Now, I know God has a plan. Past personal experience has taught me to expect redemption. Expect healing. I have hope and I know that "hope does not disappoint, because the love of God has been poured out within our hearts through the Holy Spirit who was given to us." It's just the initial blow that knocks the wind out of me for a moment. I want my children to understand that this world is not their home. We are meant for more and this world is broken because of sin. I want them to understand that following Christ while full of immeasurable blessings, also includes trials meant to grow us. But right now they are so little and so sweetly innocent; I want them to stay that way as long as possible. 

So here is my question to you. At what age did your child become aware of the heartache in this world and how did you comfort them through it? What do you tell them? Are there tools you use to impart truth and reassurance (apart from the Bible and prayer), songs or books? I'd like to know. 
I took this horribly unflattering picture of me sans-makeup with the kiddos this morning. We skipped an outing and stayed in jammies. Sometimes I just need to make my world smaller.

Monday, October 9, 2017

This Is How It Works Today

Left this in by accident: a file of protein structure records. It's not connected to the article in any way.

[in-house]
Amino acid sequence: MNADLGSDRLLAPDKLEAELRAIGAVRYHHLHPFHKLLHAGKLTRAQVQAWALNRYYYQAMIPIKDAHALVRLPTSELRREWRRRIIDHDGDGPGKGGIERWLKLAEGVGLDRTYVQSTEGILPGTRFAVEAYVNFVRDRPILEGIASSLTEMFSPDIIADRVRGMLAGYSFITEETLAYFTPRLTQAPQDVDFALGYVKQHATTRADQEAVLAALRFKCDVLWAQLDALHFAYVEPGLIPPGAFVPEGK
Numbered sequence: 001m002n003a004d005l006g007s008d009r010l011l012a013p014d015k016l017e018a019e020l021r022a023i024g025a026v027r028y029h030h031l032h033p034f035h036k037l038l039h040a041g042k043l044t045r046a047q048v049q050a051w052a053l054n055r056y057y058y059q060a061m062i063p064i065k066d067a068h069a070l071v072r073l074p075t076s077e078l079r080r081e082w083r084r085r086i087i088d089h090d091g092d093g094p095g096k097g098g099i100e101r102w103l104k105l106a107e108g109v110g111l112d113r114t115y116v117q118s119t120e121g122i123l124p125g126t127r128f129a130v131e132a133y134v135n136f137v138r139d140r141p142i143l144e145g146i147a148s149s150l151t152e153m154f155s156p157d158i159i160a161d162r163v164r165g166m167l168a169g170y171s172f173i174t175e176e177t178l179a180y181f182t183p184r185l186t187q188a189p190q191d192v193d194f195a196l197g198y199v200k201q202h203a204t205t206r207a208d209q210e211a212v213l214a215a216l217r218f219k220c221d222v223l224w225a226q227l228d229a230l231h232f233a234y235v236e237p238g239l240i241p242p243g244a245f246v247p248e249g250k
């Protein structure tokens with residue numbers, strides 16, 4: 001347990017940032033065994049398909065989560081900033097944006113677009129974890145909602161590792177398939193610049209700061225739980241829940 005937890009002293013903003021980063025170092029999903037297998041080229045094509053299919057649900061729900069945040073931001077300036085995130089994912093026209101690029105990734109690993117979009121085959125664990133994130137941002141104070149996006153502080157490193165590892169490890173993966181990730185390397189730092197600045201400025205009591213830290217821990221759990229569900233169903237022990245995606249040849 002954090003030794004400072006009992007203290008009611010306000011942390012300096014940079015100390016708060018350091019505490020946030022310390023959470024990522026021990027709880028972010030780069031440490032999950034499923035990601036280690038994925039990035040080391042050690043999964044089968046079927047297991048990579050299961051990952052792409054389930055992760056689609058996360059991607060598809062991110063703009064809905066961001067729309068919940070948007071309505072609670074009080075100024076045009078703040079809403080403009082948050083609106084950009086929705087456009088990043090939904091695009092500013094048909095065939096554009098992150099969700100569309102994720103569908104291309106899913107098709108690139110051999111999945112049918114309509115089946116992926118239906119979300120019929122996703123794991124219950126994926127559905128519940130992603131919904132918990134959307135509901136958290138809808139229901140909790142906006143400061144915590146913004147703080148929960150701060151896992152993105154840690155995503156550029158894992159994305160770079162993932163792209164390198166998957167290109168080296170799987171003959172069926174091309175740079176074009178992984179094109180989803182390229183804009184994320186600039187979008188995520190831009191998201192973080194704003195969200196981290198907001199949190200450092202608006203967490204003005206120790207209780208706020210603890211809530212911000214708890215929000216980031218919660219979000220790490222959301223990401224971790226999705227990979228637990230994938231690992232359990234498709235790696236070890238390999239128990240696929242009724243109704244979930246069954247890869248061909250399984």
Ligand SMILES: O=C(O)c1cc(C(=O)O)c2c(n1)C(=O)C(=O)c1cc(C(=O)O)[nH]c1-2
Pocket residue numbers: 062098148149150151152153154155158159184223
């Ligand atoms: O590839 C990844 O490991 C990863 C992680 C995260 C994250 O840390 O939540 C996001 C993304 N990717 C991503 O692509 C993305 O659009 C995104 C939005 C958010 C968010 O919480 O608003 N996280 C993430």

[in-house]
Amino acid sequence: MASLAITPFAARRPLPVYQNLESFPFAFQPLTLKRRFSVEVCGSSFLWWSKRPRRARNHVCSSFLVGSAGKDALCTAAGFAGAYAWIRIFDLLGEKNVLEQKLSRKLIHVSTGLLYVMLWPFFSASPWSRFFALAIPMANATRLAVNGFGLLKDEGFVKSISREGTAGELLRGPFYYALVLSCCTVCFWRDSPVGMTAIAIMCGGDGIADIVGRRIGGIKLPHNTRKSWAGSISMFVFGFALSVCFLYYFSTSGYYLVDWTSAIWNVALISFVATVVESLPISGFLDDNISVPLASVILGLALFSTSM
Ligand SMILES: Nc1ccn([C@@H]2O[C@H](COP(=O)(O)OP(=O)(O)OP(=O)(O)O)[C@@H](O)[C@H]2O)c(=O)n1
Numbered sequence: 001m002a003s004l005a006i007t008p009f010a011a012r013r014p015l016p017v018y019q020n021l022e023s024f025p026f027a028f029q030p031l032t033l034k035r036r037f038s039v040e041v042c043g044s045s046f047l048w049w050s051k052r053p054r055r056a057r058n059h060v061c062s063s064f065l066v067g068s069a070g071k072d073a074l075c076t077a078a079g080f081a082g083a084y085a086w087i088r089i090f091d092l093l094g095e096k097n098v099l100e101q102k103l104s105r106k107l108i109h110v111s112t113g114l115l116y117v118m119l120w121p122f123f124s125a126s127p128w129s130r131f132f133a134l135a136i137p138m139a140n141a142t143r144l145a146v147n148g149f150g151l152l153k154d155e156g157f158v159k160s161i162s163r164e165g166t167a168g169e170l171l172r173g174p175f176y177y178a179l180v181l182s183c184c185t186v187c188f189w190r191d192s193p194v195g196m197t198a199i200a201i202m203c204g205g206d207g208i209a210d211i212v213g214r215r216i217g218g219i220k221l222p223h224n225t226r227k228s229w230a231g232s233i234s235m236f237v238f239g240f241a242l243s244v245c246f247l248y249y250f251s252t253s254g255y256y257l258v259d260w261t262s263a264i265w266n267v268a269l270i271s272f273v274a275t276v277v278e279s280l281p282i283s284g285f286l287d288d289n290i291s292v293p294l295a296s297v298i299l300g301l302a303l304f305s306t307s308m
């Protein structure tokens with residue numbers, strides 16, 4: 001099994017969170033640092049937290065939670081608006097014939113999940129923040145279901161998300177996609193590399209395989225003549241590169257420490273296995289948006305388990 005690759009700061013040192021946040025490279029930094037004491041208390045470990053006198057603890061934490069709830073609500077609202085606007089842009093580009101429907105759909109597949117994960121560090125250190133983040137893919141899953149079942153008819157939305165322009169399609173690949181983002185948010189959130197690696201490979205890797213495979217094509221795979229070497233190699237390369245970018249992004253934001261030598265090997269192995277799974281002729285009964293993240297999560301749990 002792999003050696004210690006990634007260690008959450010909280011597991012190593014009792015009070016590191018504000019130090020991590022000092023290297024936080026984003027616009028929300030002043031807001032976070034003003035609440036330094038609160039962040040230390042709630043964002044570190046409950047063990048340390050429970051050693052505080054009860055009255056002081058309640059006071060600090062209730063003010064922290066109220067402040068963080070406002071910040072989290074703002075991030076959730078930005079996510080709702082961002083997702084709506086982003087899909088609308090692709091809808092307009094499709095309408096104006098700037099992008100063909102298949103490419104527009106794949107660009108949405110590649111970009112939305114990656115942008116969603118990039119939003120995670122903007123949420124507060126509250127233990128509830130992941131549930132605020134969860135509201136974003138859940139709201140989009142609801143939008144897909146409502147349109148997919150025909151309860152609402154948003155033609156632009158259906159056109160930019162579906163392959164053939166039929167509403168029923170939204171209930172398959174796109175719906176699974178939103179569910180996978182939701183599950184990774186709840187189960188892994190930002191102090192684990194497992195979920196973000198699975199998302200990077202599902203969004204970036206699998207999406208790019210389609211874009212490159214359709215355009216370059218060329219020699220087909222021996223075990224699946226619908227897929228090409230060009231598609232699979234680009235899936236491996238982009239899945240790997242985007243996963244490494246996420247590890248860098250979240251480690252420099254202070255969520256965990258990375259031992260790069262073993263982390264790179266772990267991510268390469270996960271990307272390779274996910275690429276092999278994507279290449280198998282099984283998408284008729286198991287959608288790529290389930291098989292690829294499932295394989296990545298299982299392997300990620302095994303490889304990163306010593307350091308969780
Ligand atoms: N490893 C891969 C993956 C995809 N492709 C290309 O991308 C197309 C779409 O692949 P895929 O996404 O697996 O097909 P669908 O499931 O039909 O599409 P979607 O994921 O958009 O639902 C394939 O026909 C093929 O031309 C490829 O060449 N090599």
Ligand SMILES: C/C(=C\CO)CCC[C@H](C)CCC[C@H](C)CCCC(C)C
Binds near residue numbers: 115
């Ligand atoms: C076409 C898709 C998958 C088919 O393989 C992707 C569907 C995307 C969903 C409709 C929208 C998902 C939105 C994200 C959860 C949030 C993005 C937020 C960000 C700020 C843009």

If I've learned one thing since we became a three-under-four family it's that you've gotta be flexible. I think you learn that on a small scale with your first child, a little more with your second, but with a third you just have to pray that God helps you keep them all alive and just relax.

Three kids under the age of four is a beast all it's own. There's having multiple children, and then there's having multiple children really close in age. Triplets...forget it. Just douse yourself in dry shampoo and coffee, and we'll see you in 5-10 years. Squeaks and Little Dude are 20 months apart. Little Dude and Flash are 21 months apart. And four years ago I thought I was barren. Ha!
This is a life I dreamed about, prayed for, wanted so badly that I cried myself to sleep on more than one occasion. I'm going to be honest with you (which is a phrase I rarely use because it makes me think "well, aren't you honest all the time!?") it is everything I hoped for and a million times harder than I could have ever known. Any soon to be moms out there looking for articles to read about what its like to have kids close in age or more than one or two kids, just stop looking. I could give you a description of my day, try to compare one vs. two vs. three but the truth is it's different everyday.